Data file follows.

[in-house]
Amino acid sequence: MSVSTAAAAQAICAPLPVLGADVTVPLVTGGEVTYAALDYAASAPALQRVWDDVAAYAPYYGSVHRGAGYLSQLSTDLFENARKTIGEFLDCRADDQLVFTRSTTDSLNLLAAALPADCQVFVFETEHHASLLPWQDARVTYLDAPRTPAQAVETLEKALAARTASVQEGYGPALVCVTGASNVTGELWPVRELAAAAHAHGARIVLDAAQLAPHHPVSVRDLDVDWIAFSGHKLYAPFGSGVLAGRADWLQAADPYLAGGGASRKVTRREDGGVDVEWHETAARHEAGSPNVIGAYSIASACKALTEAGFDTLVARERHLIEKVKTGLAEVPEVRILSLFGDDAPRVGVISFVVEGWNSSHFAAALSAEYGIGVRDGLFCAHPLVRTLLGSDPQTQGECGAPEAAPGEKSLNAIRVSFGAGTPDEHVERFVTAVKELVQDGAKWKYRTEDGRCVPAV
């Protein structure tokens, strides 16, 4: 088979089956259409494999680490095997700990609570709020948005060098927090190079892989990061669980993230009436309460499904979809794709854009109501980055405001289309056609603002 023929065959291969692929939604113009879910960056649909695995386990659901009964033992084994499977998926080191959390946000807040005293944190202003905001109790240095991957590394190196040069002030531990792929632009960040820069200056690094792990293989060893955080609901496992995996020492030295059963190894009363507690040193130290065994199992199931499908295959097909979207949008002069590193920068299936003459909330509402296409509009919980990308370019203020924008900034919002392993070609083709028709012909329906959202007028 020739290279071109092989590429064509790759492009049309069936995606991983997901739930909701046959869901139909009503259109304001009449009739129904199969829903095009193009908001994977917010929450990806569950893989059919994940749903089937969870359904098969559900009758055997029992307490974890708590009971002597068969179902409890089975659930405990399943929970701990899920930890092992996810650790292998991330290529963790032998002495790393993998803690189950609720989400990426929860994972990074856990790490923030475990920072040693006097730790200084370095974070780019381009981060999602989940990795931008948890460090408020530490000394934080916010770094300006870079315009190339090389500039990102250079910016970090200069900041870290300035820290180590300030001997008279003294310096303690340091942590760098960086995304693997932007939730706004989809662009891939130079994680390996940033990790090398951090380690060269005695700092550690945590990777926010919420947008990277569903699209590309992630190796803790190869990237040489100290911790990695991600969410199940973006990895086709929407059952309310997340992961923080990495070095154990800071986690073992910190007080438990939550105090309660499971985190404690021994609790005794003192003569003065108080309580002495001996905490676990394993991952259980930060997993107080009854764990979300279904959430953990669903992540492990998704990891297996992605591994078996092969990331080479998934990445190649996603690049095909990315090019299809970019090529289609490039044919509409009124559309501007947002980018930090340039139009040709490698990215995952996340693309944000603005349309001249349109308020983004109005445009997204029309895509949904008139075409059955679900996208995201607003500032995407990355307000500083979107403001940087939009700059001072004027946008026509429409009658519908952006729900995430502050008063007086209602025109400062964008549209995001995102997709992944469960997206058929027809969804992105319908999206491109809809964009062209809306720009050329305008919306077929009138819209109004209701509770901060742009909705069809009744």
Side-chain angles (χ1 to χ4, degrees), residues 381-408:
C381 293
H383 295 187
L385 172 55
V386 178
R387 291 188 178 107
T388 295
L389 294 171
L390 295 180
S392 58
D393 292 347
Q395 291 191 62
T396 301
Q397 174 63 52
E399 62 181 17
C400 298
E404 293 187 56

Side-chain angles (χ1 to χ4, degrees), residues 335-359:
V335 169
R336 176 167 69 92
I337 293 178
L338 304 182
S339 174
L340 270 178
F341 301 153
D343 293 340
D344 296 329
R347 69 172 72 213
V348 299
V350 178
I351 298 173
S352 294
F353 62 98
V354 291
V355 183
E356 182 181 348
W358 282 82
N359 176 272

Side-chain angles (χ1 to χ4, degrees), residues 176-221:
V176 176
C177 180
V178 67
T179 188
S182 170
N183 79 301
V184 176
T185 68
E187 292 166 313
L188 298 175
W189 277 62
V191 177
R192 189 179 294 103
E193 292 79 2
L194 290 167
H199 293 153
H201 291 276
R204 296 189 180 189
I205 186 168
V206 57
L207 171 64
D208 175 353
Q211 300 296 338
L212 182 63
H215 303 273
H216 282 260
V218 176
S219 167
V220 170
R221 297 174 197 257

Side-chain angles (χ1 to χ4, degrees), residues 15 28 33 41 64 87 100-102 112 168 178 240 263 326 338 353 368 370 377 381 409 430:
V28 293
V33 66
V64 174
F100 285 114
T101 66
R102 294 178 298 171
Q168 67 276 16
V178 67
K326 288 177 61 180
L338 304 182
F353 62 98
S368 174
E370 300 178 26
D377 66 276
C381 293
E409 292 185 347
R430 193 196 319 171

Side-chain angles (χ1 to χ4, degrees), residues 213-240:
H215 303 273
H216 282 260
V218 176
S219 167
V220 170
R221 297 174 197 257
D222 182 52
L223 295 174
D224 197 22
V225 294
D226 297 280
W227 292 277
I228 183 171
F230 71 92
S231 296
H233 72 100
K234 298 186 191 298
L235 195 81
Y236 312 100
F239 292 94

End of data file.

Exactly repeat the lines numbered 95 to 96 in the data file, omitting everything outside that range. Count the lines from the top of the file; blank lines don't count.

S219 167
V220 170